Hydronic Heating Cooling


What is Hydronic Heating Cooling?

Hydronic heating cooling systems such as water source heat pumps (WSHP) share the same principle of heat transfer like all heat pumps, including ground source heat pumps (GSHP) thermal energy heating and air source heat pumps (ASHP) but they use water for hydronic heating and cooling, as opposed to ground or air. Heat pumps take heat from one place raise the temperature of that heat and deliver it to another place.


How Do They Work?

As previously mentioned on the thermal energy heating page the principle and process of all heat pumps is the same. With hydronic heating cooling systems like water source heat pumps, water is the heat provider, and this heat can be obtained from;

  • Wells
  • Streams/Creeks
  • Lakes/Ponds

Water source heat pumps can get heat by using:

  • Open Loop System
  • Closed Loop System

With an 'open loop' hydronic heating cooling system water is taken from a well or any water-bearing formation (Aquifer) and pumped through an evaporator (heat exchanger) where the heat in the water is extracted by the refrigerant within the system.

Once it's given up its heat, the water then continues on to be either returned to the supply well or to a stream/creek, lake, or storm drain. It can even be returned to an injection well if available.

A 'closed loop' system is a sealed system which doesn't extract any water from the lake or pond, rather it extracts the heat from the water via coils that are placed in the lake or pond.

The coils contain a water and anti-freeze mix. This water mix absorbs the heat from the water and is passed through the evaporator to begin the heat exchange process. These coils are fused (factory sealed) plastic with ultra-violet (UV) protection.

Once this heat has been extracted and augmented through the system's process, it is used for space heating and/or domestic hot water provision.


Which Heat Pump System is The Best?

 All heat pump systems, (air, ground and water) are more efficient in both running costs and sustainability than other traditional heating systems that have to generate their own heat from electricity, gas or oil. All heat pumps use renewable energy.

Air source heat pumps are the most common. However, hydronic heating cooling systems like ground and water source heat pumps are the more efficient at heating and cooling than the more commonly used air source heat pumps. This is because the temperature in the ground is steadier than water, and the temperature of water is more constant than the fluctuating air temperatures.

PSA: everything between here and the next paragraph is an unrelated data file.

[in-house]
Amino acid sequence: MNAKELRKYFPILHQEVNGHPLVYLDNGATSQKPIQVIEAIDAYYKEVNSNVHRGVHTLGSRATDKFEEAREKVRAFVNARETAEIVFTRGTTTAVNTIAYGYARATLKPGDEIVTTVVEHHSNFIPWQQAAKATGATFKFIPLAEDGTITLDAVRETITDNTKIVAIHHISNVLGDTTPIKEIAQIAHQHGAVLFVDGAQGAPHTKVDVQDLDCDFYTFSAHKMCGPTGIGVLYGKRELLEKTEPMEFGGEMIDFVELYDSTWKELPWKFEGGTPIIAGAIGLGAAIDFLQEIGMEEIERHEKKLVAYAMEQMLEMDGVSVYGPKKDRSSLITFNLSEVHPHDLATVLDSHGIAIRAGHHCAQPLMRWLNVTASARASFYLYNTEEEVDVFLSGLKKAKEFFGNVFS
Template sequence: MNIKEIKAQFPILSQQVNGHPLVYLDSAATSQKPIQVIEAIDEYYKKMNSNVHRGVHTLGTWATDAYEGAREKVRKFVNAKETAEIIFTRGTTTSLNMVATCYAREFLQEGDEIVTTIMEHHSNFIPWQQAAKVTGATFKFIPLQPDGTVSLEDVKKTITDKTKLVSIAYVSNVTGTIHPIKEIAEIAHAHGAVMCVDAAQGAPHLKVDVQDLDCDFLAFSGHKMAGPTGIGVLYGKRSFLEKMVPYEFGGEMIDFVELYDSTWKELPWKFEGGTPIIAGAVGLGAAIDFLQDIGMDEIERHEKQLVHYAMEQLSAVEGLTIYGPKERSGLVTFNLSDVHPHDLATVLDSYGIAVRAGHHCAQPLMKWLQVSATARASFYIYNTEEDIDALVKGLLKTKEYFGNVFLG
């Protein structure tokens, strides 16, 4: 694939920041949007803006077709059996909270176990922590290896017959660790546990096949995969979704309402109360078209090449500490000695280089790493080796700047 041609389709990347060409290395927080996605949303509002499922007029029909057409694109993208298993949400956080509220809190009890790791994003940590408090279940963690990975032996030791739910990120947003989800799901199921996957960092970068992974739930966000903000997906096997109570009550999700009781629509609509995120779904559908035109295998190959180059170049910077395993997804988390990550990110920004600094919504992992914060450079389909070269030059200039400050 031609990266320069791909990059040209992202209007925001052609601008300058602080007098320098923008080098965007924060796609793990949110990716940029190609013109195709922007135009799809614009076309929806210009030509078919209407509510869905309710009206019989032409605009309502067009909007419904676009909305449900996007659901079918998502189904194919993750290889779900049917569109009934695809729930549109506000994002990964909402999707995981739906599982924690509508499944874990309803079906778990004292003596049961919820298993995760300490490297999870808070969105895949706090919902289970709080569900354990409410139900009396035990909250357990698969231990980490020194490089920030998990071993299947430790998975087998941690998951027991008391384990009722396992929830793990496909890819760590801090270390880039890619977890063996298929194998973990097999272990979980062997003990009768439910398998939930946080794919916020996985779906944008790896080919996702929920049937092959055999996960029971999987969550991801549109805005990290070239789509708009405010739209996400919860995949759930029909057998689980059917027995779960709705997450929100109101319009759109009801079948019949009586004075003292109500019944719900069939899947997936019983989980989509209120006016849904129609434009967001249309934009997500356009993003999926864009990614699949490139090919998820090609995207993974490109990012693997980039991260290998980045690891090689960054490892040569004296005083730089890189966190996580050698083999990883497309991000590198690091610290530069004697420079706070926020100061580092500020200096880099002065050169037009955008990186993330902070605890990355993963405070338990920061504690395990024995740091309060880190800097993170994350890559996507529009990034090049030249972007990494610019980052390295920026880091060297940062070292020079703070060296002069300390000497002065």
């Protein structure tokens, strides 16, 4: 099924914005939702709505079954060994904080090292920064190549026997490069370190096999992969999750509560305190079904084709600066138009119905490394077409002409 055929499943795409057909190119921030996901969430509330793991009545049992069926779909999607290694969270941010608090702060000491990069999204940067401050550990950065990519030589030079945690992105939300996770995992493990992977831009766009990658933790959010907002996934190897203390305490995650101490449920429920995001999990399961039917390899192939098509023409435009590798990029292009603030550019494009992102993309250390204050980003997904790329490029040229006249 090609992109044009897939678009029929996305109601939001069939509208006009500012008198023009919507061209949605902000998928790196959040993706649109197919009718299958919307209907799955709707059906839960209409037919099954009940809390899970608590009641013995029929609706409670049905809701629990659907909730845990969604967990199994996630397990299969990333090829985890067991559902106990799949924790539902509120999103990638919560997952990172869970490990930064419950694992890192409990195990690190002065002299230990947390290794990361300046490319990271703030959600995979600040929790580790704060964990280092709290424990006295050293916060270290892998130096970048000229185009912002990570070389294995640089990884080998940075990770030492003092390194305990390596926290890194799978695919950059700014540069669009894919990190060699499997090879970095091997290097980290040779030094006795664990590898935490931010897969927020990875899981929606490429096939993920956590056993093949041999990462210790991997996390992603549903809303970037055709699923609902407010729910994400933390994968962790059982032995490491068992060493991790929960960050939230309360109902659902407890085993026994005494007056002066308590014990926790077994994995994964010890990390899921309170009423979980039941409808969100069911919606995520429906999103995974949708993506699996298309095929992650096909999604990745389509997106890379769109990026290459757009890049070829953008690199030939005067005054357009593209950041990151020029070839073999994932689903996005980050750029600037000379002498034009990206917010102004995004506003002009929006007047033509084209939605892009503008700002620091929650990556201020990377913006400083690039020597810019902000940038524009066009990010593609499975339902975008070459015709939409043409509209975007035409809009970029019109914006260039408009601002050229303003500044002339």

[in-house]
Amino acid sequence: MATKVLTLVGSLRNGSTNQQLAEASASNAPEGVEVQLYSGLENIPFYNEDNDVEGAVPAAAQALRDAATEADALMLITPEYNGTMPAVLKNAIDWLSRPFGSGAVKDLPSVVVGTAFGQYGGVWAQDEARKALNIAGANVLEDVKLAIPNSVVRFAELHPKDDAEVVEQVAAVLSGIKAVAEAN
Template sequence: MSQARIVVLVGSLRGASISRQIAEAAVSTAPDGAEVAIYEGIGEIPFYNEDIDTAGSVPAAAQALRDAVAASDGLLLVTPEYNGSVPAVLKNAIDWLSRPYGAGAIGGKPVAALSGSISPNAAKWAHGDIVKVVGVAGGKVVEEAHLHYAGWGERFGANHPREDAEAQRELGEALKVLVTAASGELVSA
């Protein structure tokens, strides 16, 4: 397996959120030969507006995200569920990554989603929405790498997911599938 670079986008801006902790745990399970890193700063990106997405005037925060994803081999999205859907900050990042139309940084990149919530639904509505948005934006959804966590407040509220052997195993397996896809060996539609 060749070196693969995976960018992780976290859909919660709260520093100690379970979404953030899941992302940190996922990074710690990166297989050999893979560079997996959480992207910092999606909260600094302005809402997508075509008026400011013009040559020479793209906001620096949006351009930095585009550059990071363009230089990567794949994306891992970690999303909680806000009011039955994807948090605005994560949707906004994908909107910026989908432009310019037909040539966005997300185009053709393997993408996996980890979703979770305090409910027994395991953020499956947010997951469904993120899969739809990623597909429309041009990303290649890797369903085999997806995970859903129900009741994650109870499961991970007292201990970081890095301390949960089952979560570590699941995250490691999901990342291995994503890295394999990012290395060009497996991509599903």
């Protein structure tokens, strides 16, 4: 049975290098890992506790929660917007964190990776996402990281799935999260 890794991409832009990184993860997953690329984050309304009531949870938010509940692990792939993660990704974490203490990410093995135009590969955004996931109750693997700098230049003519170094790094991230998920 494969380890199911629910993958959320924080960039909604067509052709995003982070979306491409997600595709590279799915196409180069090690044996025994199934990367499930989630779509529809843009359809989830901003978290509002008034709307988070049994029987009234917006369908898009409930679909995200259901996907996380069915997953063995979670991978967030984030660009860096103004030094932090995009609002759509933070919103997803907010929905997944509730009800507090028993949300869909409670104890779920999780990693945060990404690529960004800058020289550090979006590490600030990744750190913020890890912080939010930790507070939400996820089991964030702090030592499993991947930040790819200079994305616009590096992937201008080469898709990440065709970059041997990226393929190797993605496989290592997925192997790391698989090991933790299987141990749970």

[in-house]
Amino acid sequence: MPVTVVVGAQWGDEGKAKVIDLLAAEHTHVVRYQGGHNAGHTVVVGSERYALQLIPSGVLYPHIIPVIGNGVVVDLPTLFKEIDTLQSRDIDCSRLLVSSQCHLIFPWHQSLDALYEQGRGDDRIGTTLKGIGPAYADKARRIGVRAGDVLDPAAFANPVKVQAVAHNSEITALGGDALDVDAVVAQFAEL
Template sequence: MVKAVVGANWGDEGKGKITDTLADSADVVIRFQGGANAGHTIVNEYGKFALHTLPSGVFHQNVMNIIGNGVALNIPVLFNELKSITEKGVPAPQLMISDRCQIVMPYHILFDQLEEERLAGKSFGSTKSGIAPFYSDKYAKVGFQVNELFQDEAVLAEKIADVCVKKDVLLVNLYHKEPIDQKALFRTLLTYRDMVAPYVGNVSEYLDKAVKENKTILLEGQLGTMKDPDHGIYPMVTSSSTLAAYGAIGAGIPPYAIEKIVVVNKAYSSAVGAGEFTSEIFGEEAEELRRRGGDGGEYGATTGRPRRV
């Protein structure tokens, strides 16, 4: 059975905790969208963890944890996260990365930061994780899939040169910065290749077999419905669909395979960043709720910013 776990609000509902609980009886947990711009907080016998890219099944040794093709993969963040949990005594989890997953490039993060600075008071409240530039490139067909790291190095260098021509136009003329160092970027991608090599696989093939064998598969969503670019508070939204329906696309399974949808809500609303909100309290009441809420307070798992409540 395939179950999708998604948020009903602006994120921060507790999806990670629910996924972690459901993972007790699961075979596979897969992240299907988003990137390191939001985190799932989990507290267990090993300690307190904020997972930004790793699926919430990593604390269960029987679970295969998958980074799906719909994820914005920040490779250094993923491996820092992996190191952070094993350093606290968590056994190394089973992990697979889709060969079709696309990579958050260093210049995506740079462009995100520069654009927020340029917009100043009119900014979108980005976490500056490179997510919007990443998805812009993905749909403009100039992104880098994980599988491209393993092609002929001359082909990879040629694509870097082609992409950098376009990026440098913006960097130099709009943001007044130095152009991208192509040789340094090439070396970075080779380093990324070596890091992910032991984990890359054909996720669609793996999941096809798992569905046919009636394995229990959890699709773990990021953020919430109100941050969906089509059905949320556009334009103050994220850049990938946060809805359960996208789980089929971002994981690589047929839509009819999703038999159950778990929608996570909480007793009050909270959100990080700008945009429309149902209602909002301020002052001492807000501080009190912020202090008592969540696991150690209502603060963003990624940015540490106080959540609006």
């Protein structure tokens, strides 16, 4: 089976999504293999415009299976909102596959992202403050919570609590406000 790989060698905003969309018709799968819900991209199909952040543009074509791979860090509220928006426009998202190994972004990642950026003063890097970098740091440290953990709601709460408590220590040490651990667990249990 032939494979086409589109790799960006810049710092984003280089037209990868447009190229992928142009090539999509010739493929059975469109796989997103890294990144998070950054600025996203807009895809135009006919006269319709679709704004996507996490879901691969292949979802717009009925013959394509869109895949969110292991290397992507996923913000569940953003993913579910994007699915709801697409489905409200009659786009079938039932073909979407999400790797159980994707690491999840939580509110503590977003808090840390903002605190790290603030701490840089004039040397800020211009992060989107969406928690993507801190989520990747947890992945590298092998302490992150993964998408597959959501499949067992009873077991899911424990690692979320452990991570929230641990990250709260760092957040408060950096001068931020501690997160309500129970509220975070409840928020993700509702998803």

Some air heat pumps can change their compressor speed (dual-speed compressor) to meet the heating load due to the variation in outside air temperature, generally a electric heating coil comes into play if temperatures falls below 4.4°C .

This increased use of energy by the air source heat pump makes it less efficient than a water or ground source heat pump where the compressor speed does not need to be modulated because of temperature fluctuations.

Also, the hydronic heating cooing systems like water source and ground source heat pumps can be used in more extreme climatic (colder) conditions than air-source heat pumps.

Note: Hydronic heating cooling systems like water and ground source heat pumps do not require a 'Defrost Cycle' in the heating mode. The defrost cycle adds another load on the air source heat pumps system that reduces the performance and shortens the equipments life.

Water absorbs heat more readily than air. This is why most automobiles are water-cooled and not air-cooled. And similarly water (and ground) source heat pumps are more efficient than air source heat pumps.

Ground temperature is even more constant than water temperature, so ground source heat pumps are more efficient than water source heat pumps and this makes them the best in terms of efficiency.

Water and ground source heat pumps hydronic heating cooling systems can be powered by solar energy using photovoltaic thereby making it a totally green and renewable system.

See also:

Top - Hydronic Heating Cooling

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